A lovely place to visit.
5 based on 14 reviews
Visited the Courtyard today with my son and daughter in law. It is an absolute delight of delicious crafts, furniture, trinkets and delight. I would recommend it to anyone who wants to explore a unique and intimate treasure trove. With the added bonus of a cosy coffee section and the lovely dogs who roan freely to assist visitors, and the lovely and friendly proprietors, it puts the likes of Avocado and Kilkenny Design to shame
4.5 based on 13 reviews
The Ancient East Boyne Tours offers walking tours of Kells (Euro 7.50 per person) as well as scheduling tailor made day tours in the Boyne Valley & Ireland's Ancient East. We are passionate about the heritage of Ireland, and we welcome you for a leisurely and enjoyable way to see our heritage, a chance to learn all about its history and culture, and to enjoy great Irish scenery, accommodation and food, and meet the locals!
Not to be missed, a visit to the Loughcrew Cairn with the Hags Chair was an incredible experience. Lucy brought the history and lore of the land to life. Personalized service, thorough knowledge, and a chance to get to know the people of Kells.
Lucy escorted us to a Halloween party in town where the bonfire was spectacular, the storyteller mesmerizing and the folk singer delighted us with song.
Lucy knows her way around and we enjoyed every minute with her!
4 based on 18 reviews
Since the summer sun is up so long in Ireland, my husband didn't want to leave without seeing the Market High Cross. We found that this was one of many sites we would want to see on a return visit to the area.
4 based on 17 reviews
A bit of a disappointment. A bland enough walk and not well signposted. Be careful: the boardwalk is coming a bit loose in a few places. Signposting is poor and at one particularly ambiguous spot you could be sent off on an incorrect path.
OK if you live locally but definitely not worth a journey.
The path off the main road to the car park is badly potholed and barely driveable.
Also rather a lot of dog poo on the path for the first mile or so.
Don't think I'd bother coming again.
4 based on 11 reviews
The house can be viewed from the street but you can only gain access from the key keeper who lives a few houses down the hill, opposite the main entrance to the church yard so leave some extra time if you want to see inside. There is a single room and some alcoves as well as a steep ladder up to the monk's sleeping quarters. We were not allowed to go up due to a recent accident. If you are on the trail of St. Columba it is worth a visit otherwise there is not much to it.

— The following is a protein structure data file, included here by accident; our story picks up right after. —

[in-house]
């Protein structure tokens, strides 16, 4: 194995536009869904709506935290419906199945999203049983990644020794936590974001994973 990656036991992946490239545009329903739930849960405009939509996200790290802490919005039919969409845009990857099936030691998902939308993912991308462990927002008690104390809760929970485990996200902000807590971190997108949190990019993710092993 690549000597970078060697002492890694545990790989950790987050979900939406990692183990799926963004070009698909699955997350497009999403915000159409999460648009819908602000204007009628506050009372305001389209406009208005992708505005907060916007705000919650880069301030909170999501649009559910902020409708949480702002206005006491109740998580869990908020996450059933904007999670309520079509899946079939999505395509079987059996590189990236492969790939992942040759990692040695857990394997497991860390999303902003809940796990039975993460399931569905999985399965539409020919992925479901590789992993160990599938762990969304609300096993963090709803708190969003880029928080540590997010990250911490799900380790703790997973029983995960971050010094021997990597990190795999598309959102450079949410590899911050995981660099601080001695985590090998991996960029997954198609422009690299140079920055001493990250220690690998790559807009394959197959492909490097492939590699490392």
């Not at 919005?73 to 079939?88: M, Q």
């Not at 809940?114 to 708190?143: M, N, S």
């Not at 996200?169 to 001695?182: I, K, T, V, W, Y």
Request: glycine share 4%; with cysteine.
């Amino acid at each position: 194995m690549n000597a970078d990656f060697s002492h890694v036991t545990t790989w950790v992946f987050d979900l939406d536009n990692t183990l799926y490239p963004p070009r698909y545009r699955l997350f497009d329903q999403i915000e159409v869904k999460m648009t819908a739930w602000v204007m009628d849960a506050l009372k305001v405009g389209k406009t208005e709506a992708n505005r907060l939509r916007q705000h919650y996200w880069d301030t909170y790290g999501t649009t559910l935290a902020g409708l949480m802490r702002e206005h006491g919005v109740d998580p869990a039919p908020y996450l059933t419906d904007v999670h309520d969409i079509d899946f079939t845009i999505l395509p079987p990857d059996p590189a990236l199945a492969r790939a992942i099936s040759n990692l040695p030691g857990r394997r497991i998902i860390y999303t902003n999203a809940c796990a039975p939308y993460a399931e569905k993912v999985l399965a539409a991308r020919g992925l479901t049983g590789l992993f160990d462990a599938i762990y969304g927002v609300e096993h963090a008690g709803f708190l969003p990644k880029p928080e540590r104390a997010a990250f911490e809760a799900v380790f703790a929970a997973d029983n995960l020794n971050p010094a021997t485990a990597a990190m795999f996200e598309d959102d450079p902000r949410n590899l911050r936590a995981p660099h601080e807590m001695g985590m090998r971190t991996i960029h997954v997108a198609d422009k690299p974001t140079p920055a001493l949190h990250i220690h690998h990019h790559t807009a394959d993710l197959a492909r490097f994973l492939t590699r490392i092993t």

5 based on 1 reviews
Gorgeous country pub with very friendly staff & customers. Great atmosphere. Great attention to detail & definitely one of Meath's if not Ireland's best pubs. Spotlessly clean. Look forward to visiting again.
3 based on 2 reviews
If you are eager to venture away from the beaten track and visit a true Irish bar then The Priory Bar may be just what you are looking for. This traditional Irish Pub is situated in the heart of the village of Kells, next to the ruins of the monastic settlement of Kells Priory. Open every day of the week from 5pm till late, The pub has built up a great reputation for it's Thursday night traditional music sessions. Where from 9pm you can sit by the comfort of a burning fire and join in with local musicians for a good old Irish sing song!Please look us up on facebook.
This is a traditional Irish pub is found in the heart of Kells in Kilkenny not far from the ruins of the monastery that was once there. I have frequented the Priory Bar numerous times and it is the perfect place to go after visiting the ruins or taking a walk along the Kings river. The staff are all really friendly which creates a fantastic atmosphere and are very able to inform you about the history of the area. In the pub, I would particularly recommend the beer garden which is both sheltered and unsheltered and is a really great space especially for smokers. I would, however, advise checking the facebook page in advance to see if there will be any bands playing or events happening because there is always something going on and from my experience it has always been great fun!